Towards Athens

Vasco da Gama
Ian Strathcarron
Fri 8 May 2009 15:49

We have been sailing through the stretch of sea which divides Greece from west to east, with Mainland Greece to the north and Pelopponisos to the south.   At the western end is the Gulf of Patras which is about 40 miles long, and to the east the Gulf of Corinth which stretches for 60 miles.  The Gulf at its narrowest is 5 miles wide, and at its widest 20 miles across, so it has been an interesting passage with high mountains on both sides., the highest of which are capped with snow. The Eastern end of the Gulf would have been landlocked if a canal had not been created at Corinth.   Running for only 3.2 miles it links the Ionian Sea with the Agean Sea and Athens.  The canal as it is today was built by French engineers in the late 19th Century, but in ancient times merchant ships and warships could be dragged across the narrow isthmus on a system of rollers, and the city of Corinth, with ports on both the Ionian and Agean sides became rich and famous.

I  apologise for the mistake in the last blog when I said the canal between Levkas and the mainland had been built by the Phoenicians in 700 BC.  I should have said it was built by the Corinthians.  Thanks to all the readers who pointed out my blunder (actually, nobody!), but both races of people were criss crossing these seas in very early times, and it was the Corinthians  who founded a colony  in Sicily in 734 BC, which became the delightful city of Syracuse.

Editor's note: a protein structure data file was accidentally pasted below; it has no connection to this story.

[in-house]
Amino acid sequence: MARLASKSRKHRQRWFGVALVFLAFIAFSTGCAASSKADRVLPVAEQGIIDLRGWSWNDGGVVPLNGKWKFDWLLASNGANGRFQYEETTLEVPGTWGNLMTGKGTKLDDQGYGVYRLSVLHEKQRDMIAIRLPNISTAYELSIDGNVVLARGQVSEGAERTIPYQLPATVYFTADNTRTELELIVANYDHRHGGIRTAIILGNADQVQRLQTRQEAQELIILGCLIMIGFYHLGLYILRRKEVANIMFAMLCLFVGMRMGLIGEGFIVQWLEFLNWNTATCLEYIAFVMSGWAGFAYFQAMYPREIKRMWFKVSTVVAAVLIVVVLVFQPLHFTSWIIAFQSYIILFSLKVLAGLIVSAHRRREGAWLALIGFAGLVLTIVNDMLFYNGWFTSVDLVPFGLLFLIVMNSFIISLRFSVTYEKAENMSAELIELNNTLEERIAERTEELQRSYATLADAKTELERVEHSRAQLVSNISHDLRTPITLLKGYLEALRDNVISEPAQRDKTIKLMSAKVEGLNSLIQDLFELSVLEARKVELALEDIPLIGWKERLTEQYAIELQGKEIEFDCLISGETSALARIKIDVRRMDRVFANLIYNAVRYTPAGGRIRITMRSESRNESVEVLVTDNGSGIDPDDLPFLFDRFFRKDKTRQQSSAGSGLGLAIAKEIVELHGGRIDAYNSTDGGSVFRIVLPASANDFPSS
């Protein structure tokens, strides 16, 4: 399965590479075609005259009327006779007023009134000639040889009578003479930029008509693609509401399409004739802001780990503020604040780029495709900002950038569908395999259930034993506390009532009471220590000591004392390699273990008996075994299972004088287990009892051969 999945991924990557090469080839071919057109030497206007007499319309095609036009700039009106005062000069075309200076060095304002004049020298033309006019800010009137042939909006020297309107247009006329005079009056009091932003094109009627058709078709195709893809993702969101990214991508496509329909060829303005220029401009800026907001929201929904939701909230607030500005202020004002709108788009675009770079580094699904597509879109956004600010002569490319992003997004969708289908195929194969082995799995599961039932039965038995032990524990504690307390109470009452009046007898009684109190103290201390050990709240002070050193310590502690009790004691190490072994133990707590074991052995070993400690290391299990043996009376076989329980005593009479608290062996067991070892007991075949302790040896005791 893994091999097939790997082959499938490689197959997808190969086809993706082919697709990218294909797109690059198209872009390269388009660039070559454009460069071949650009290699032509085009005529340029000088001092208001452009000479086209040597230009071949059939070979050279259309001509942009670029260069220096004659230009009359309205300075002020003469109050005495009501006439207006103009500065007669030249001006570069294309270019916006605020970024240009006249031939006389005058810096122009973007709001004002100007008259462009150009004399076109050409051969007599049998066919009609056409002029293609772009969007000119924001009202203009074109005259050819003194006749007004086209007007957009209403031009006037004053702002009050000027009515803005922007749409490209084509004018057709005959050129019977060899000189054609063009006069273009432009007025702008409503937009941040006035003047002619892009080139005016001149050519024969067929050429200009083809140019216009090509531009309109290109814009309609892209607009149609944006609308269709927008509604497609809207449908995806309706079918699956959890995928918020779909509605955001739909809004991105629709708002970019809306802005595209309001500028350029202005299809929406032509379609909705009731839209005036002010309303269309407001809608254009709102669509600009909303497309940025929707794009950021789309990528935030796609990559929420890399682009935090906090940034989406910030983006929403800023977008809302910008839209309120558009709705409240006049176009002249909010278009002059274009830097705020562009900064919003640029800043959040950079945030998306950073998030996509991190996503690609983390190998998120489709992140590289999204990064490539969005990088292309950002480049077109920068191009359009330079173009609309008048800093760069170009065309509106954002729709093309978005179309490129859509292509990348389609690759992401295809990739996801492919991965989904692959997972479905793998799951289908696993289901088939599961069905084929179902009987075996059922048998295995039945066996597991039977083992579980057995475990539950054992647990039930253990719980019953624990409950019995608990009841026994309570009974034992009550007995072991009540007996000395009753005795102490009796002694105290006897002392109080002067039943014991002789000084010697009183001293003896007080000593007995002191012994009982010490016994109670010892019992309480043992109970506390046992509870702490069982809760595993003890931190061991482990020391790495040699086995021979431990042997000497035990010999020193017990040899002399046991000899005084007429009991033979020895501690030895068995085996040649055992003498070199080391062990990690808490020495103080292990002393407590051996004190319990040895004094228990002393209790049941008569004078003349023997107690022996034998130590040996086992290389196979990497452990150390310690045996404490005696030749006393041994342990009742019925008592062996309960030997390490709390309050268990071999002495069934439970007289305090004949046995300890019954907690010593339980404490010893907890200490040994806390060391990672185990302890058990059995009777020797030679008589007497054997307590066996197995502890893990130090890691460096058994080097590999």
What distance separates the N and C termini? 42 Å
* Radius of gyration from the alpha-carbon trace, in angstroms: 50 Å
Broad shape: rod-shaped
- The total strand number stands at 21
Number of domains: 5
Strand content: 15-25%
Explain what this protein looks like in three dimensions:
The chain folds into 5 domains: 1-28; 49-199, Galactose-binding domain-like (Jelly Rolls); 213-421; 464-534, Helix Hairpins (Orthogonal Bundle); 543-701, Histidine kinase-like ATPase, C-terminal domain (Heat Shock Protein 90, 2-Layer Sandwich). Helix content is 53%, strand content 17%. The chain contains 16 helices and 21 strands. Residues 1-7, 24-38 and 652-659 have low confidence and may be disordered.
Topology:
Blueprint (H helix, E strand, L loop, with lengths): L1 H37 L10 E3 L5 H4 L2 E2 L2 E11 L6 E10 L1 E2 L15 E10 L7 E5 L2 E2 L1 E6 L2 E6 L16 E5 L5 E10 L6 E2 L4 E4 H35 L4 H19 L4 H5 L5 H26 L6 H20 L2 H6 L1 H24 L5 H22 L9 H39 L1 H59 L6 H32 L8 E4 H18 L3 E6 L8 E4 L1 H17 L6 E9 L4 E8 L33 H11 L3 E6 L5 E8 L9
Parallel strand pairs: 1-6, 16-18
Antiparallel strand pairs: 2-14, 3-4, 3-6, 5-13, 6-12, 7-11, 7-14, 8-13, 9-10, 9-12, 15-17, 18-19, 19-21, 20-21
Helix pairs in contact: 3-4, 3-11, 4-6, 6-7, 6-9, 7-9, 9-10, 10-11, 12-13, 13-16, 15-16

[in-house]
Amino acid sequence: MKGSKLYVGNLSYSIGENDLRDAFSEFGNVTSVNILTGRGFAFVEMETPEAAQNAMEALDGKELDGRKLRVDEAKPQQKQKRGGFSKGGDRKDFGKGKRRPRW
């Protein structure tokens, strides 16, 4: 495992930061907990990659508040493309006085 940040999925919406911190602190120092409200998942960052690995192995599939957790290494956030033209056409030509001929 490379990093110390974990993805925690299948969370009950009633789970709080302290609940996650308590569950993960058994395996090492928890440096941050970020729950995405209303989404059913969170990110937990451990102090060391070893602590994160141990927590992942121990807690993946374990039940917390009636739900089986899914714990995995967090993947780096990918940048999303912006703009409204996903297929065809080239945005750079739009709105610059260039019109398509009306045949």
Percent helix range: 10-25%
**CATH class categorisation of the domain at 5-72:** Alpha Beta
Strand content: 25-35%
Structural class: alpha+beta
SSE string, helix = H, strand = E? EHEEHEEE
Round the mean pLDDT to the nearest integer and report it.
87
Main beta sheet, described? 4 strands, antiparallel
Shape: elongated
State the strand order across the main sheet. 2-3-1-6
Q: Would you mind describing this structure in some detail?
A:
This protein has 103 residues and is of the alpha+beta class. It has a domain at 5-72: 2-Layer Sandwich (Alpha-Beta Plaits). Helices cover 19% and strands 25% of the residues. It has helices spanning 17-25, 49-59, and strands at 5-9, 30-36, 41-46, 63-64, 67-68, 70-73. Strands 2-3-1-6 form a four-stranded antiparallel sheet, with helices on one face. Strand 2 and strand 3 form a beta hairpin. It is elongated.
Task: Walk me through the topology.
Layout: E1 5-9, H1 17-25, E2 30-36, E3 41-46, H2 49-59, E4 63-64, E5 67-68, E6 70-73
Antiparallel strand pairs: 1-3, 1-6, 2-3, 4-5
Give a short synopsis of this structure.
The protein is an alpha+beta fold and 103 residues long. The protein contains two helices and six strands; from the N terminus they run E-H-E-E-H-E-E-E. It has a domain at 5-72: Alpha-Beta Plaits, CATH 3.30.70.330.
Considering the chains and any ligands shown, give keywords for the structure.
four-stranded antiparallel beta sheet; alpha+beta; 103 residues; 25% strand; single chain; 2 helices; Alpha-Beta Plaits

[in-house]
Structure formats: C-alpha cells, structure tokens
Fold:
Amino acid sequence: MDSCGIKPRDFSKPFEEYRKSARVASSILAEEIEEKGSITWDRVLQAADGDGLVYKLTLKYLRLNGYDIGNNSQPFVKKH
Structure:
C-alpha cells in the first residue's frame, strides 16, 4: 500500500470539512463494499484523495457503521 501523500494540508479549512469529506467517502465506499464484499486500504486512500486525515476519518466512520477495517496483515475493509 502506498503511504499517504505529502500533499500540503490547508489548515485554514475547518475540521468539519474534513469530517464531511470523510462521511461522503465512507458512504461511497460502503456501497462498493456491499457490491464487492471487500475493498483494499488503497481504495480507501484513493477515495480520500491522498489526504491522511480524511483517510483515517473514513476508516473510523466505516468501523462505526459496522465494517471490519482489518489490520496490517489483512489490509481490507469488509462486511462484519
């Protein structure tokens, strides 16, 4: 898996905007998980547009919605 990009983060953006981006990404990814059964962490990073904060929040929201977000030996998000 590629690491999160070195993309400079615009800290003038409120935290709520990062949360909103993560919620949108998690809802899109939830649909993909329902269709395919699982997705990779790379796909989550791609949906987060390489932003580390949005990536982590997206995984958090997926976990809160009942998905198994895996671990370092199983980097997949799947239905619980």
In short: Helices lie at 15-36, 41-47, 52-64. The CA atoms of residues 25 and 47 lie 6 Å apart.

We have put a spurt on as we want to be in Athens in the middle of May, and Istanbul in the middle of June.  Since  leaving Preveza we have had one night at anchor in the tiny uninhabited island of  Atoko, two nights tied up to a pier in the harbour of Messolonghi, a night on a quay on the island of Trizonia, and two nights on the town quay of Galaxidhi.  I am going to put some pictures of these places, all very picturesque in different ways, on the Photos 09 page of once we are in Piraeus with shore power.  We live very cheaply as no charges are made for tying up to the quays, and on an average day’s passage of about five hours our water-maker converts sea water into a tankful of  fresh water.  We don’t drink it – we drink the local wine which we buy onshore – a litre from a barrel into a plastic bottle costs 3 euros – but our made water is excellent for washing and washing up.

I am enjoying mainland Greece – there is a different atmosphere than on the islands, which are mainly a tourist destination.    Yesterday I took a bus from Galaxidhi to visit the ancient site of Delphi.  Will write about it in the next epistle.